Late GI Bill checks mean no rent checks and sleepless nights
I applied for my new GI Bill benefits on May 1st, shortly after being accepted to Columbia University. I knew that living in New York City and attending a private school meant that I could not afford any delays in my benefits. When my first living allowance check was significantly late, I was incredibly worried. I did not live in university housing and had to count on the generosity of my landlord to forgive my late rent payments. Columbia University was also very accommodating and did not penalize student veterans for late VA checks. That wasn’t the case for all student veterans. A fellow Army veteran was un-enrolled from courses shortly before his final exams because of overdue account balances.
I am thankful the VA finally started issuing emergency checks in October. Without this stop-gap measure, I would have quickly gotten into severe financial distress. When I stood in line, at the local New York City VA office, for my $3,000 advance payment, many of my fellow veterans from all over the region were extremely hesitant to accept the emergency payment. They were concerned that it would come back to haunt them in the future. This engrained distrust of the VA is not unusual among my peers.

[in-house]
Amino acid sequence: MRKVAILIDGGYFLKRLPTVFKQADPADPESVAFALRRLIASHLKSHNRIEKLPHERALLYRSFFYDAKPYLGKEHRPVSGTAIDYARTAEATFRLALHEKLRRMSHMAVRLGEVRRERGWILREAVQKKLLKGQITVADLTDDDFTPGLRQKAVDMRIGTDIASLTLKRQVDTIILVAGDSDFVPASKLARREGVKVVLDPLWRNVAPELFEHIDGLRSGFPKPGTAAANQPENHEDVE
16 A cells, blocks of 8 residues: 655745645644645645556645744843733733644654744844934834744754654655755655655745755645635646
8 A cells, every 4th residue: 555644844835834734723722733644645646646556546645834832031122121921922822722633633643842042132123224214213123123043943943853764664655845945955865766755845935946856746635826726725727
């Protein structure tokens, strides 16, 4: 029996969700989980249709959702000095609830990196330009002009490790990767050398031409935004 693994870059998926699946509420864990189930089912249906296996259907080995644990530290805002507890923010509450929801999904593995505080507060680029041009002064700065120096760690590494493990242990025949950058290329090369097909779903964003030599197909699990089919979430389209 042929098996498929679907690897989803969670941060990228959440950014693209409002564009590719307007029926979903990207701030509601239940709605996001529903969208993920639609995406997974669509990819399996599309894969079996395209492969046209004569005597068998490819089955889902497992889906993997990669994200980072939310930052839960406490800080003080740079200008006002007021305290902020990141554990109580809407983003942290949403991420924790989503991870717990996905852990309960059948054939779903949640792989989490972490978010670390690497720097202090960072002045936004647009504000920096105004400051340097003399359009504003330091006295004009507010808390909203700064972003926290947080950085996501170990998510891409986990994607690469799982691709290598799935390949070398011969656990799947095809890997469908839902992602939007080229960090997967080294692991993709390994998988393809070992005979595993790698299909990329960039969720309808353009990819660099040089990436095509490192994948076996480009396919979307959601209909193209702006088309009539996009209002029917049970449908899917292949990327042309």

I had no choice but to accept the emergency payment. I took the hand written check and a letter from the VA to my bank, so they wouldn’t place a hold on the check when I deposited it.
In addition to the VA checks, members of our student veterans’ community supported one another by lending each other cash in order to get by, avoid bad credit scores and collection agencies.
I finally started receiving my GI Bill benefits in November 2010. Last fall, I was one of the lucky ones who received their GI Bill in a somewhat timely manner. Sadly, many of my friends and fellow students had to struggle to make ends meet because their GI Bill checks never arrived. A fellow Columbia veteran pal of mine just received his first check last month.